Science Fair Project Encyclopedia
- This article is about the fruit. For other meanings of the word, please see Mango (disambiguation).
Ref: Mangifera species
as of 2002-08-04
The mango (Mangifera spp.; plural mangos or mangoes) is a genus of about 35 species of tropical fruiting trees in the flowering plant family Anacardiaceae, native to India and Indo-China, of which the Indian Mango M. indica is by far the most important commercially. Reference to mangos as the "food of the gods" can be found in the Hindu Vedas, written in about 4000 B.C. The name of the fruit comes from the Tamil word man-kay, which was corrupted to manga by the Portuguese when they explored western India. The mango also features as a common motif, known as the paisley, in Indian textiles.
The mango is now widely cultivated as a fruit tree in frost-free tropical and subtropical climates in North, South and Central America, the Caribbean, South and Central Africa, the Philippines and Australia. It is easily cultivated and now there are more than 1,000 cultivars, ranging from the turpentine mango (from the strong taste) to the huevos de toro, generally translated as "bull's testicles", from the shape and size. The mango is reputed to be the most commonly eaten fresh fruit worldwide. Mangos also readily naturalize in tropical climates. Some lowland forests in the Hawaiian Islands are dominated by introduced mangos.
Mangos become very large trees. In height a mango tree may reach 35-40 meters (130 feet) with a span of 10 meters (33 feet) at the top. New leaves are almost a salmon color that rapidly changes to a dark glossy red, then dark green as they mature. When the small white flowers emerge they give off a mild sweet odour suggestive of lily of the valley. After the flowers fall off, the fruits may take from three to six months to ripen.
The mango fruit, when fully mature, hangs from the tree on long stems. They are variable in size, from 10-25 cm long and 7-12 cm diameter, and may weigh up to 2.5 kg. The fruits come in a variety of colors: green, yellow, red, or various combinations of these colors. When ripe, the unpeeled fruit gives off a distinctive, slightly sweet smell. In the center of the fruit (a drupe) is a single flat, oblong stone that can be fibrous or hairless on the surface, depending on variety. Inside the shell, which is 1-2 mm thick, is a paper-thin lining covering a single seed, 4-7 cm long, 3-4 cm wide, 1 cm thick.
The fruit flesh of a ripe mango contains about 15% sugar, up to 1% protein, and significant amounts of vitamins A, B and C. The taste of the fruit is very sweet, with some varieties having a slight acidic tang. The texture of the flesh varies markedly between different cultivars, some have quite a soft and pulpy texture similar to an over-ripe plum, others have a firmer flesh much like that of a cantaloupe or avacado, and in some cultivars the flesh can contain fibrous material. Mangoes are a very juicy fruit; the sweet taste and high water content make them refreshing to eat, however the juice can make eating them quite a messy affair.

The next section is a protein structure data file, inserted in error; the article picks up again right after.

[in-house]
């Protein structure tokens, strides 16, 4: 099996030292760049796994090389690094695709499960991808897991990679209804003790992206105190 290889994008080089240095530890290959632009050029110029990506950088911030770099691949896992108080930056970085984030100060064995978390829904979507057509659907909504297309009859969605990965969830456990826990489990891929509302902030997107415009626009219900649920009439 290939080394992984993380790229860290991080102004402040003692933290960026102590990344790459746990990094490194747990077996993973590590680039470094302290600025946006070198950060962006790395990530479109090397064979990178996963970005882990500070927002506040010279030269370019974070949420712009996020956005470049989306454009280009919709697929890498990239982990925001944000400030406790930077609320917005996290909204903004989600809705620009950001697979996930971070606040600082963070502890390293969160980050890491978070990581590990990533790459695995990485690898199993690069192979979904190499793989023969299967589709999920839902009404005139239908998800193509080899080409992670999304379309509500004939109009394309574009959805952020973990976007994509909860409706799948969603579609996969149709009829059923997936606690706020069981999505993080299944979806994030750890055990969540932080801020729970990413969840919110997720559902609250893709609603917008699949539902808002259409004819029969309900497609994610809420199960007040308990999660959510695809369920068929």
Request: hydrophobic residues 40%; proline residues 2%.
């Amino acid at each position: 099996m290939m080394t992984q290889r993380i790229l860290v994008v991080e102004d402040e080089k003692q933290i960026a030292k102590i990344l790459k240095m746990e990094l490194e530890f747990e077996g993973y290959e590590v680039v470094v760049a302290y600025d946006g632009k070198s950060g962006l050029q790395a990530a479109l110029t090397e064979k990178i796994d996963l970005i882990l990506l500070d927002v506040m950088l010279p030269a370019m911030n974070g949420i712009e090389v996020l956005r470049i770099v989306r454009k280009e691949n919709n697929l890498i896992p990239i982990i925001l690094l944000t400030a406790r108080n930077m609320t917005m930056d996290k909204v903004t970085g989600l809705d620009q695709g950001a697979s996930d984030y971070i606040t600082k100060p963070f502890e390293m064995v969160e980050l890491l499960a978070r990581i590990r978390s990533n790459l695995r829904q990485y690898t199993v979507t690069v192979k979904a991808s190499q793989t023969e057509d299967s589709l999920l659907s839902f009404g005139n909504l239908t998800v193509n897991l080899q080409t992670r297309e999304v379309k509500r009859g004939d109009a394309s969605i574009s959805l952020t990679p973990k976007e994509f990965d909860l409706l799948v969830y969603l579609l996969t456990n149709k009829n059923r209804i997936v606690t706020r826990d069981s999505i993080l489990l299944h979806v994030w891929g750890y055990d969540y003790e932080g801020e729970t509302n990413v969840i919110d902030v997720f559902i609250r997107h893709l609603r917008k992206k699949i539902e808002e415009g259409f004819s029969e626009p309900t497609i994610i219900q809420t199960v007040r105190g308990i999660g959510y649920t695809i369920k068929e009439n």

The mango is in the same family as poison ivy and contains urushiol, though much less than poison ivy. Some people get dermatitis from touching mango peel or sap. Persons showing an allergic reaction after handling a mango can usually enjoy the fruit if someone else first removes the skin. The leaves are also toxic to cattle.
It is reputed that mangos soothe the intestines, which makes them easy to digest. In India, mangos are used to stop bleeding, to strengthen the heart, and to benefit the brain.
Methods of eating a mango fruit
Some people claim that the safest way to eat a mango is in the bathtub, or sitting naked on a deserted beach, or even on top of a mango tree itself. Generally, once ripe, they are quite juicy and can be very messy to eat. However, those exported to temperate regions are, like much tropical fruit, picked under-ripe. Although they are ethylene producers and ripen in transit, they rarely have the same juiceness or flavour as the fresh fruit. A ripe mango will have an orange/yellow or reddish skin. To allow a mango to continue to ripen after purchase, store in a cool, dark place, but not your refigerator. Refrigeration will slow the ripening process.
The small varieties, usually somewhat yellow in color, can be rolled on a flat surface in the same way a lemon is rolled before extracting the juice. It is ready for eating when the big stone can be rotated without breaking the skin. With the teeth rip off a piece of skin at the top of the mango and place your mouth over the hole. Squeeze the fruit from the bottom up, as if squeezing toothpaste from the bottom of the tube.